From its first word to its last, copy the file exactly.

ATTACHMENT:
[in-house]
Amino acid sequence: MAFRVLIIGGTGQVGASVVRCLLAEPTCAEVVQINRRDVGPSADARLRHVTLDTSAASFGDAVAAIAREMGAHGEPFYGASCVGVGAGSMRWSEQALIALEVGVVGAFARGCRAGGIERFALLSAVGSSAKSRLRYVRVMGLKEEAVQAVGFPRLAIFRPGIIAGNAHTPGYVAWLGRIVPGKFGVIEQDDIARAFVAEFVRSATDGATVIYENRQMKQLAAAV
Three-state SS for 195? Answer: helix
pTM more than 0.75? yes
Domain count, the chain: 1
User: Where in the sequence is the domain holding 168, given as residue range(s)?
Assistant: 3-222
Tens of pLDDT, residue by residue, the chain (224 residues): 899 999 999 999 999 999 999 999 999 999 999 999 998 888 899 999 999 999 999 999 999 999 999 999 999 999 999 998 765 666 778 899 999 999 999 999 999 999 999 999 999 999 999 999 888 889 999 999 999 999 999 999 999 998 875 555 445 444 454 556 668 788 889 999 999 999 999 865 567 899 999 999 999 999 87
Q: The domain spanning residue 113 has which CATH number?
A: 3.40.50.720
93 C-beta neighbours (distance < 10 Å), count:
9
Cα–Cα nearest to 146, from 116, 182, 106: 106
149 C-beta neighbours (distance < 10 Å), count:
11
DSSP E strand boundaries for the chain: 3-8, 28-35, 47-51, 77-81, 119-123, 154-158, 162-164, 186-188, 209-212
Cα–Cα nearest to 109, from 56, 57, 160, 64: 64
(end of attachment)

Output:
[in-house]
Amino acid sequence: MAFRVLIIGGTGQVGASVVRCLLAEPTCAEVVQINRRDVGPSADARLRHVTLDTSAASFGDAVAAIAREMGAHGEPFYGASCVGVGAGSMRWSEQALIALEVGVVGAFARGCRAGGIERFALLSAVGSSAKSRLRYVRVMGLKEEAVQAVGFPRLAIFRPGIIAGNAHTPGYVAWLGRIVPGKFGVIEQDDIARAFVAEFVRSATDGATVIYENRQMKQLAAAV
Three-state SS for 195? Answer: helix
pTM more than 0.75? yes
Domain count, the chain: 1
User: Where in the sequence is the domain holding 168, given as residue range(s)?
Assistant: 3-222
Tens of pLDDT, residue by residue, the chain (224 residues): 899 999 999 999 999 999 999 999 999 999 999 999 998 888 899 999 999 999 999 999 999 999 999 999 999 999 999 998 765 666 778 899 999 999 999 999 999 999 999 999 999 999 999 999 888 889 999 999 999 999 999 999 999 998 875 555 445 444 454 556 668 788 889 999 999 999 999 865 567 899 999 999 999 999 87
Q: The domain spanning residue 113 has which CATH number?
A: 3.40.50.720
93 C-beta neighbours (distance < 10 Å), count:
9
Cα–Cα nearest to 146, from 116, 182, 106: 106
149 C-beta neighbours (distance < 10 Å), count:
11
DSSP E strand boundaries for the chain: 3-8, 28-35, 47-51, 77-81, 119-123, 154-158, 162-164, 186-188, 209-212
Cα–Cα nearest to 109, from 56, 57, 160, 64: 64